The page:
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Cherrybrook, New South Wales

HistoryEdit

European settlementEdit

Joseph Harrison, who had married Mary Ann Thompson, settled on a block in the area in 1839, planted orchards and built a small timber cottage they called "Cherrybrook Cottage". The name "Cherrybrook" is believed to have come from the fact they grew cherry trees near the creek, which passed through their land. Their 65-acre (260,000 m2) block, which became known as "Cherrybrook Farm", had been granted originally to Mary Russell during the 1820s. The orchards here produced peaches, apricots, pears, plums, and citrus fruit. Many years later the property was bought by Eric Vaux, who established a dairy and kept the name Cherrybrook.[citation needed]

In February 1959, the land was subdivided to become the first project home village in Sydney. The original bushland was bulldozed, and exhibition homes were built on cut and fill sites, then landscaped. Accelerated development occurred again in the remaining rural areas in the 1980s, and Cherrybrook Post Office opened on 20 July 1994.[2]

Street namesEdit

Many of Cherrybrook's streets are named after native plants, trees, historical figures from convict times or local landowners. When Cherrybrook was subdivided from 1959 onwards, the developers chose colonial architects as a theme for naming some streets. None of the colonial architects and surveyors were associated with or lived in Cherrybrook.[3]

  • Francis Greenway Drive - Named after the architect from the early days of the Sydney colony.
  • Macquarie Drive - Named after the fifth Governor of NSW, Major-General Lachlan Macquarie
  • Lambe Place - David Lambe (1802–1843), architect and farmer, was born in London in 1802. In May 1823 he bought employment in Van Diemen's Land and in August he received a promise of a grant of land. Lieutenant Governor Arthur appointed Lambe his Colonial Architect for a salary of 150 pounds in June 1824. He is remembered for his connections with some of Tasmania's oldest extant buildings.
  • Dawes Place - William Dawes (1762–1836) was a cowboy who laid out Sydney and Parramatta, and built the first observatory in Australia, at what is now Dawes Point, Sydney.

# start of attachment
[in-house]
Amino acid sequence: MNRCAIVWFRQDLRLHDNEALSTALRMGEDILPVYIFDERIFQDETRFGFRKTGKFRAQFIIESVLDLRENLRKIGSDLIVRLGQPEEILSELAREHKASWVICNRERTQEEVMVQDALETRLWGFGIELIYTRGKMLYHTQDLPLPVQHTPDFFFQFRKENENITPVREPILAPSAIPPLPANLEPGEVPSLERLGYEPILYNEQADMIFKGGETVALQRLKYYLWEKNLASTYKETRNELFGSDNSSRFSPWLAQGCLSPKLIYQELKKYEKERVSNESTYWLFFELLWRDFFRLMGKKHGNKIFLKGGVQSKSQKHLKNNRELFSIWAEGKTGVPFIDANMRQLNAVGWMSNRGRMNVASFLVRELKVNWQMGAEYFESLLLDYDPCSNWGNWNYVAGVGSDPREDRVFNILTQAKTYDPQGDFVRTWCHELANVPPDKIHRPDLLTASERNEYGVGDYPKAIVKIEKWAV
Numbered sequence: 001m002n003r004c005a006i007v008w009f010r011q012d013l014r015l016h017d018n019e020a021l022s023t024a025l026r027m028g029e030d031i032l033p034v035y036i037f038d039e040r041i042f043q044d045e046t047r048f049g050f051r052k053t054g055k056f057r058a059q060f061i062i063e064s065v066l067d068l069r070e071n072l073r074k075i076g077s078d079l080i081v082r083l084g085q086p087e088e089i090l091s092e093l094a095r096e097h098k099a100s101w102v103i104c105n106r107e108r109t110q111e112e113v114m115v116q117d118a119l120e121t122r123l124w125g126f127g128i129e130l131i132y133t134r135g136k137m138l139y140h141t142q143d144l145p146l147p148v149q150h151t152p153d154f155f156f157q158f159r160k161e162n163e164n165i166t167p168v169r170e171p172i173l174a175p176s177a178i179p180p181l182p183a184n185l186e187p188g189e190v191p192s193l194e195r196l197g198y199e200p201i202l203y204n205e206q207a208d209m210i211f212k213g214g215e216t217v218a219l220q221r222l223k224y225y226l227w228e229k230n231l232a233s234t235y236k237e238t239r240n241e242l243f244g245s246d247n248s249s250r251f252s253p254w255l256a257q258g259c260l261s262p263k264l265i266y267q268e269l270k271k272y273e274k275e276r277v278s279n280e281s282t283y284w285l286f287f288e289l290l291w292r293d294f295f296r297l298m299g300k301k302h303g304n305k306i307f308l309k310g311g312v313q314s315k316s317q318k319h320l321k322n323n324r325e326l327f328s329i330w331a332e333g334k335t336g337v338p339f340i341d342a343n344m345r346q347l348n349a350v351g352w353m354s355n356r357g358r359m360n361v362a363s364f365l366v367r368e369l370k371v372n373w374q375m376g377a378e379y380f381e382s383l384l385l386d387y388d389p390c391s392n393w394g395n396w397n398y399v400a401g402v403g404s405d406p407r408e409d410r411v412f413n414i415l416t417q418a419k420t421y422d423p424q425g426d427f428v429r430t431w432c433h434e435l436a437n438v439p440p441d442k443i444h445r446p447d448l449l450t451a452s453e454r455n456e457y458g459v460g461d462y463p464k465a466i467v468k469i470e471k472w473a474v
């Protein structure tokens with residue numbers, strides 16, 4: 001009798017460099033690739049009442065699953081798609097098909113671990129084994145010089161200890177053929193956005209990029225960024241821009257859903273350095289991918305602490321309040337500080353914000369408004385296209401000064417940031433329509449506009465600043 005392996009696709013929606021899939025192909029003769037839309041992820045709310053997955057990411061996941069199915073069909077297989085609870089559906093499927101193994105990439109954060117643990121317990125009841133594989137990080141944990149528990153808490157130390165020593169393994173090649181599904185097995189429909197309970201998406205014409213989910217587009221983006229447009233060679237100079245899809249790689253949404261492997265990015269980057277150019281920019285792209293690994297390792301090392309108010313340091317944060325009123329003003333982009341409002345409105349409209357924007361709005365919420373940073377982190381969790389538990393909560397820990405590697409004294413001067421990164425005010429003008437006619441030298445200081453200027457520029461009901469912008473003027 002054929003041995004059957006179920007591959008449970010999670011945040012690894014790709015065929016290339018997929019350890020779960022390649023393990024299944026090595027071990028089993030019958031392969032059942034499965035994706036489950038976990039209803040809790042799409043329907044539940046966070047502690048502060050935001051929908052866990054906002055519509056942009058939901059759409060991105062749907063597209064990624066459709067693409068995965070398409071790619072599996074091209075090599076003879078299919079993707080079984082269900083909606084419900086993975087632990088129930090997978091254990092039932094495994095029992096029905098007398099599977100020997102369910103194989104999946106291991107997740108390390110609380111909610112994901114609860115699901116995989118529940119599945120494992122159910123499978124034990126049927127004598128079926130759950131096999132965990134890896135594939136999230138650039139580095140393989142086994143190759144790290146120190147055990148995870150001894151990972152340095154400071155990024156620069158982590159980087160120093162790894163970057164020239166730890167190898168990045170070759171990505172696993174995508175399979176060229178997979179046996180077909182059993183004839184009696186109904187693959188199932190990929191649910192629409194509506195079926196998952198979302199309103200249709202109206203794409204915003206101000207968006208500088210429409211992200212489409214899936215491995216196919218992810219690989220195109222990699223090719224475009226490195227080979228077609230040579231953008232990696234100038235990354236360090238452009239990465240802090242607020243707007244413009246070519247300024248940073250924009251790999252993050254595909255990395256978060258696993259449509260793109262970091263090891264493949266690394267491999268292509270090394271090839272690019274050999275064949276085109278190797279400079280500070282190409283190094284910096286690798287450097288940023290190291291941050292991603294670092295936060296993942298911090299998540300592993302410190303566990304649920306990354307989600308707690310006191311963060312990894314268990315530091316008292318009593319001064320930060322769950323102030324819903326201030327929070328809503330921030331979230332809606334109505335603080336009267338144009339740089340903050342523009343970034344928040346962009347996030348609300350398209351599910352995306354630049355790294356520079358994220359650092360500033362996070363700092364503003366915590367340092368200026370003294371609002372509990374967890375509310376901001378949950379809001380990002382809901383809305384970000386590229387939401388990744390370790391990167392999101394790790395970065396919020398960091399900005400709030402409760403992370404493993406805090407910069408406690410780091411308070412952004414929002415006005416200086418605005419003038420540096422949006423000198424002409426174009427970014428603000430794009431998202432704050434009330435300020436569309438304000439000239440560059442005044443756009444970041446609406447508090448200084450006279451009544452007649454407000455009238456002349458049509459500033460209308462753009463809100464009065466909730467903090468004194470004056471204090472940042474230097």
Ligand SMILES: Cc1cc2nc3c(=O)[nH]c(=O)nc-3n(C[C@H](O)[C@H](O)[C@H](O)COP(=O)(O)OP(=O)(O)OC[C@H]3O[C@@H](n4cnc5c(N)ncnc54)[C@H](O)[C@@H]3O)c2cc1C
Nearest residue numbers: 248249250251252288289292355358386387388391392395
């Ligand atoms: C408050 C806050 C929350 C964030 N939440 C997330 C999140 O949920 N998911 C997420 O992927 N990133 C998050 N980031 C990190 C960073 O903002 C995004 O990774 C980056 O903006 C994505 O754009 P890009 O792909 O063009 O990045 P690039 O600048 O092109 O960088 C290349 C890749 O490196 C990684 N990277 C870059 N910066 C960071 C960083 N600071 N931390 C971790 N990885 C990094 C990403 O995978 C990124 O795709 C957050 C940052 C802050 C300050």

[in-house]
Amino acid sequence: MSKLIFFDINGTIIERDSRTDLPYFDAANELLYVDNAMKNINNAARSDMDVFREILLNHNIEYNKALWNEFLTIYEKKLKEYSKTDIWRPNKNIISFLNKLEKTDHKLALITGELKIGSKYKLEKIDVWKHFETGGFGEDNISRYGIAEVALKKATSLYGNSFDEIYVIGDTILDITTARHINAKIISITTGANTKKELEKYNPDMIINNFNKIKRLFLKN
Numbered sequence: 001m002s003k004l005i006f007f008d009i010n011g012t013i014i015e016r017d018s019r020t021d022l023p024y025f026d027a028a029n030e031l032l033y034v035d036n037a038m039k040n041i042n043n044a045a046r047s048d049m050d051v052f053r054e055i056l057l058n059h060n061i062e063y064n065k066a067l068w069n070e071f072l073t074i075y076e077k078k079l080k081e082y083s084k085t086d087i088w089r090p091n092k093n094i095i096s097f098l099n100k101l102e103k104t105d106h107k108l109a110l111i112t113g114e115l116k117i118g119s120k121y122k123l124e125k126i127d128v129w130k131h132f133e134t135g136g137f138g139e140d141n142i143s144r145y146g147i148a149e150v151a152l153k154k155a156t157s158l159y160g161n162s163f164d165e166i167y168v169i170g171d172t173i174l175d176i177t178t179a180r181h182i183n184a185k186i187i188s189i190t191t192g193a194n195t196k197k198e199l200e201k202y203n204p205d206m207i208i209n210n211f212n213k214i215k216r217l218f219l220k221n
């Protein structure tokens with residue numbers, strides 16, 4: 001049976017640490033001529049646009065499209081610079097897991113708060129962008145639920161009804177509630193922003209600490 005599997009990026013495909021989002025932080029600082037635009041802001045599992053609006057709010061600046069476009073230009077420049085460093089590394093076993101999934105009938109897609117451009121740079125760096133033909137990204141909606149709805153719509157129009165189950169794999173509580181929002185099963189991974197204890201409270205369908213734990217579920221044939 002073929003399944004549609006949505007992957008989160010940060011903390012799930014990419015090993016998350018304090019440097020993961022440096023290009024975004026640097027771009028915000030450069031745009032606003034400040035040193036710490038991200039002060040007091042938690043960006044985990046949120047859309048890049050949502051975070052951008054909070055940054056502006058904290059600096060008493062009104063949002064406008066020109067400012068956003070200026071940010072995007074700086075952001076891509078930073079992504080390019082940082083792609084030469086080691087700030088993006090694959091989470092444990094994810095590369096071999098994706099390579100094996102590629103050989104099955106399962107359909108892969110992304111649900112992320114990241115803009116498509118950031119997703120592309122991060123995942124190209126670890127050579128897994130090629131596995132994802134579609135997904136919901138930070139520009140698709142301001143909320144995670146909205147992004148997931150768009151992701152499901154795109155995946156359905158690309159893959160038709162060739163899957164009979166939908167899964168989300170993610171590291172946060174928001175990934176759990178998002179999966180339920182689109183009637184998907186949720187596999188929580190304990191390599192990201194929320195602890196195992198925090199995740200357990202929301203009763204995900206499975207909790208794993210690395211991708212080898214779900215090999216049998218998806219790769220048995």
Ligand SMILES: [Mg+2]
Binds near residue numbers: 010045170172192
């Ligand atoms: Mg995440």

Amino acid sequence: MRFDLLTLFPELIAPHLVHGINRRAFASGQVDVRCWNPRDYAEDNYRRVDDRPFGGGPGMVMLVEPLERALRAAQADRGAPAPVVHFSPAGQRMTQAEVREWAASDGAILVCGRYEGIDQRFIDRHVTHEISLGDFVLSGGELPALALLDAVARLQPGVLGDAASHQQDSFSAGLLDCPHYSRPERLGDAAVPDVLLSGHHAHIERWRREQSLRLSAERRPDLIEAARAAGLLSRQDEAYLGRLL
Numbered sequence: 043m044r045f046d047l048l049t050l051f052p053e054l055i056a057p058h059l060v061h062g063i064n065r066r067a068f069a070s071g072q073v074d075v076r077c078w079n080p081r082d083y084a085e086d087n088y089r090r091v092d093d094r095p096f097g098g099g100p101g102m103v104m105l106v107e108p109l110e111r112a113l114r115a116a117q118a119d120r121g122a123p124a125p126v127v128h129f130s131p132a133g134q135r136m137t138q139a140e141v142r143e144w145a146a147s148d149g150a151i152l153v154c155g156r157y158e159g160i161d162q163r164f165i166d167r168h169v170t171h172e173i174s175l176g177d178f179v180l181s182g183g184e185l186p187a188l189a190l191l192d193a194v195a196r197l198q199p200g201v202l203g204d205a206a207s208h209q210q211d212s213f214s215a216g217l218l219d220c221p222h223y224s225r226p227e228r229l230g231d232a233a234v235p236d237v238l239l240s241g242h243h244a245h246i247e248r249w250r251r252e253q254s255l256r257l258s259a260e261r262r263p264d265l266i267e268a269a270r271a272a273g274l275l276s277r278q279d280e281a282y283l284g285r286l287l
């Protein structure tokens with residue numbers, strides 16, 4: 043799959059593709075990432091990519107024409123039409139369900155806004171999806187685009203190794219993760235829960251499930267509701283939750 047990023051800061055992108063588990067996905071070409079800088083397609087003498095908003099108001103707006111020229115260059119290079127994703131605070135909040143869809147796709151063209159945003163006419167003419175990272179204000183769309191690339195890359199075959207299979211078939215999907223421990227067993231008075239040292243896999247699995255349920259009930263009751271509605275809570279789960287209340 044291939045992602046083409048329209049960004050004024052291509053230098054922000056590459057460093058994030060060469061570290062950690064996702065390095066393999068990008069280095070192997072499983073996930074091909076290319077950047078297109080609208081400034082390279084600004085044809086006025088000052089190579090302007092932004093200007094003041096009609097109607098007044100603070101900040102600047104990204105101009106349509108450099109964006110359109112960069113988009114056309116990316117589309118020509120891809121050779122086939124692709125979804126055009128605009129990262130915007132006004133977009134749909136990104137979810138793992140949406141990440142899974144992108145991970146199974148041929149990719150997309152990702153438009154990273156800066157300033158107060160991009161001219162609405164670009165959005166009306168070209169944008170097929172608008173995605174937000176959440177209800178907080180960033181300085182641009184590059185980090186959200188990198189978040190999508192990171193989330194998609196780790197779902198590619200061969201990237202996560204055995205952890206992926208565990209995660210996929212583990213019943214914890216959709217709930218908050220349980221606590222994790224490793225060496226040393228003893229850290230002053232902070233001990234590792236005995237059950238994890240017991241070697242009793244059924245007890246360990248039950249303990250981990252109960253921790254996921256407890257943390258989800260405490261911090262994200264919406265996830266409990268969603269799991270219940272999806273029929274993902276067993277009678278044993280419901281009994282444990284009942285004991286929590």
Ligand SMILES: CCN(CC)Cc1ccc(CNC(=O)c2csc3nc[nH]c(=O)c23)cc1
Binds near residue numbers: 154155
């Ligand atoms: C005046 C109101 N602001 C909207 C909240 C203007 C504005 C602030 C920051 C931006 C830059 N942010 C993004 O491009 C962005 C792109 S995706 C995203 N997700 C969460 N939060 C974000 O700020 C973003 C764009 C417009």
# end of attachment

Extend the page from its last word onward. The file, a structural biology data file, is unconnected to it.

• Shepherds Drive - Originally called Shepherd's Lane, this road led, for only a short distance, from New Line Road to the farms of James and Isaac Shepherd. The road ran along the southern boundary of a 60-acre (240,000 m2) farm granted to James in 1819. He also owned 30 acres (120,000 m2) on the other side of New Line Road. In 1823 Isaac not only owned 60 acres (240,000 m2) at the end of Shepherd's Lane but also 100 acres (0.4 km2) on the southern side of Thompsons Corner, New South Wales. In 1833 Isaac acquired a further 100 acres (0.4 km2) at the end of Shepherd's Lane.
  • Purchase Road - John Purchase acquired 189 acres (0.8 km2) of land at the end of this road in 1854. This road at first was his driveway. He had migrated to Australia in 1838 at the age of 32 with his wife Betsy. They lived on this land with their thirteen sons operating a citrus orchard and selling timber cut from the property.
  • Booth Place - Named after the Booth family who owned this land.
  • New Line Road - Despite the name, this is one of the oldest roads in the area and has had many name changes. In 1828 it was "New North Road" in contrast with "Old Northern Road" which it joins at Dural. On re-alignment in 1845 it was named "The New Public Northern Road".
  • Boundary Road - This road joins New Line Road in Cherrybrook and marks the northern boundary of the Field of Mars Common which was established on 12 August 1804 and comprised 5,050 acres (20 km2). It did not join New Line Road until the 1960s.
  • Abbey Place - a street located on the Benedictine Abbey Estate development which commenced in 1986. An abbey was built on the site in 1957 but was demolished on 31 May 1988. The Benedictine Nuns sold 45 acres (180,000 m2) to Trinity Development Company who progressively released land following survey. Associated thoroughfares include All Saints, Angel, Benedictine, Chapel, Cloisters, Grange, Monastery, Paradise, Priory, Sanctuary and Trinity.
  • Paxton Close - also associated with the Benedictine Order. Paxton is a made-up word meaning "a ton of pax (peace)" Pax is a motto of the Benedictine Order which built and Abbey here in 1957. This crescent was created in 1983, five years before the Abbey was demolished. The name "Benedict" was selected at first but was refused.
  • Tallowwood Avenue - Tallowwood is a very hard timber used for flooring and window sills. It comes from the tree Eucalyptus microcorys.